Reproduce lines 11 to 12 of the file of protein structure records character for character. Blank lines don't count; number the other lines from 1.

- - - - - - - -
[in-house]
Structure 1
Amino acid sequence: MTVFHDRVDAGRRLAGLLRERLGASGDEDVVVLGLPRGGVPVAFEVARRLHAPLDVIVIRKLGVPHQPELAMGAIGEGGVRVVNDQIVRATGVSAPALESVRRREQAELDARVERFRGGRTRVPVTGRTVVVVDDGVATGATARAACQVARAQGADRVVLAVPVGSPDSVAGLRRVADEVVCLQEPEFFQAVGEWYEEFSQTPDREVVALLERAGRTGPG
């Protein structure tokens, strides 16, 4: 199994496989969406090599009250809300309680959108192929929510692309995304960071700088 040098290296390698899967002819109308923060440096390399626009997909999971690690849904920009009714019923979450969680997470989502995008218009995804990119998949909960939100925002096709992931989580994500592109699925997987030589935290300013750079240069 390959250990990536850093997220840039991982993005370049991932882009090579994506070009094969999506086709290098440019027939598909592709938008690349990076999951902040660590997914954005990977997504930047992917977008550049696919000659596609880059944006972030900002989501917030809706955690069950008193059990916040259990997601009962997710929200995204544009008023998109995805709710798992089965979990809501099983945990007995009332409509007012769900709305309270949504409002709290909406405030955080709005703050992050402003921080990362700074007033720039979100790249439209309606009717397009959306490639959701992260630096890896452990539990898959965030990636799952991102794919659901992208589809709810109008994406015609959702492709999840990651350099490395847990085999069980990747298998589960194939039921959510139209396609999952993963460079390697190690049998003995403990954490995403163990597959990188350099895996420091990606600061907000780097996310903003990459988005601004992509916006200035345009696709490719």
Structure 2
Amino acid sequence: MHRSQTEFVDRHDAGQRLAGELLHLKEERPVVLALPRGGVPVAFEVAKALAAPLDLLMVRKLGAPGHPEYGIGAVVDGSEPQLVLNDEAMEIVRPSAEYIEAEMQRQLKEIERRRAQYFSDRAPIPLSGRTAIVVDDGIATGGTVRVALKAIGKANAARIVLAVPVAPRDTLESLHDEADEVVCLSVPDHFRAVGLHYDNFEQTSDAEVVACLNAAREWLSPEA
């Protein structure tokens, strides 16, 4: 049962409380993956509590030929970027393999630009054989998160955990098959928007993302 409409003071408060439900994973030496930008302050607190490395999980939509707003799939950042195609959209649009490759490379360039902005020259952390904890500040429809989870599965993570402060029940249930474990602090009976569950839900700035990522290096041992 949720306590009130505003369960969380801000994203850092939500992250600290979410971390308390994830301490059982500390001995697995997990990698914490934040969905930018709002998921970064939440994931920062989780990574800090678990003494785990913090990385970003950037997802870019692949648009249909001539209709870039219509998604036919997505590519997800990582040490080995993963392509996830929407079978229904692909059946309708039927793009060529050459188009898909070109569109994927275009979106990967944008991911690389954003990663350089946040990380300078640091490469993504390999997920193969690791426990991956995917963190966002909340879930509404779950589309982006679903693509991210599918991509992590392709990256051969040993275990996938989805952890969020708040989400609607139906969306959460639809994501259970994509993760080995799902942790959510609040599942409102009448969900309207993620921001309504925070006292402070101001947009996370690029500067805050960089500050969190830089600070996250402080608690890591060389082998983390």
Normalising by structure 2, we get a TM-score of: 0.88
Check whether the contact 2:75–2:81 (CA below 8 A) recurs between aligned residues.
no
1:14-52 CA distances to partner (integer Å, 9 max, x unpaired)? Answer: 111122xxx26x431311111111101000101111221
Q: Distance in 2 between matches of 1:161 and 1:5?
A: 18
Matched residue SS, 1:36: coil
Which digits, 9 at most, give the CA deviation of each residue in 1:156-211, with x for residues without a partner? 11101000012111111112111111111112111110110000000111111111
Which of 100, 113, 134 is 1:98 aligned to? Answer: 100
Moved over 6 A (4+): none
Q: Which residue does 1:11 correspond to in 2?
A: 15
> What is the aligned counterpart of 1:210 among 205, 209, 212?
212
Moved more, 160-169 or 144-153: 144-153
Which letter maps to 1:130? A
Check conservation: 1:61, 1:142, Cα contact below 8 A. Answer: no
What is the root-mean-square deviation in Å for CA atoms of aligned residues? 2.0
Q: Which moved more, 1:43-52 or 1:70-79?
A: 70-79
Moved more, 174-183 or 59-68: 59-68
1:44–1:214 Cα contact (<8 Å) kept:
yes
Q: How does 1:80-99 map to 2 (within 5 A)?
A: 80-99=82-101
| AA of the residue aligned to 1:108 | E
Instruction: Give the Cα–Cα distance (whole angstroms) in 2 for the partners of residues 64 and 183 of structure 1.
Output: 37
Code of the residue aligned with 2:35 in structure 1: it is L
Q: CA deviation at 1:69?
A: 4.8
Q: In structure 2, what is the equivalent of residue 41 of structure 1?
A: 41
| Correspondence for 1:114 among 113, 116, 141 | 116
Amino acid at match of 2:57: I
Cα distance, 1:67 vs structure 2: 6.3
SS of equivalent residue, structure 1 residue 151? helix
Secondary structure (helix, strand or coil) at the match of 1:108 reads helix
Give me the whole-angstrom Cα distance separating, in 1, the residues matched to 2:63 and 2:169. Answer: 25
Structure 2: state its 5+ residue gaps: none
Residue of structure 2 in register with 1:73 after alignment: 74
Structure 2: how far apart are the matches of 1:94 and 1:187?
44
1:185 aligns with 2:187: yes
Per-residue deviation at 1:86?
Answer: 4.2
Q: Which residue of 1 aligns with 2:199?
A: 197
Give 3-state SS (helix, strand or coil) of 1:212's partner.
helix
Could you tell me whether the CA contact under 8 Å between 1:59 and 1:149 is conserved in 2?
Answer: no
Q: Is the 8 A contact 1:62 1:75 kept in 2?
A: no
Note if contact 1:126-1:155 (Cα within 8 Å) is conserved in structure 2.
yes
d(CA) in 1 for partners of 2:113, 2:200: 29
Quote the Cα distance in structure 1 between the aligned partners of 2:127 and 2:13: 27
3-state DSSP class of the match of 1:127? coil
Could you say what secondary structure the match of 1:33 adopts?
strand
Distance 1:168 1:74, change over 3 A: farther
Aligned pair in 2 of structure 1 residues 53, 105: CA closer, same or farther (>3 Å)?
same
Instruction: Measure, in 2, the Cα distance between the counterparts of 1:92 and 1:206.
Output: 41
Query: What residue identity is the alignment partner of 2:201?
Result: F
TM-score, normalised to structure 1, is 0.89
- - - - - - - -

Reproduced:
1:14-52 CA distances to partner (integer Å, 9 max, x unpaired)? Answer: 111122xxx26x431311111111101000101111221
Q: Distance in 2 between matches of 1:161 and 1:5?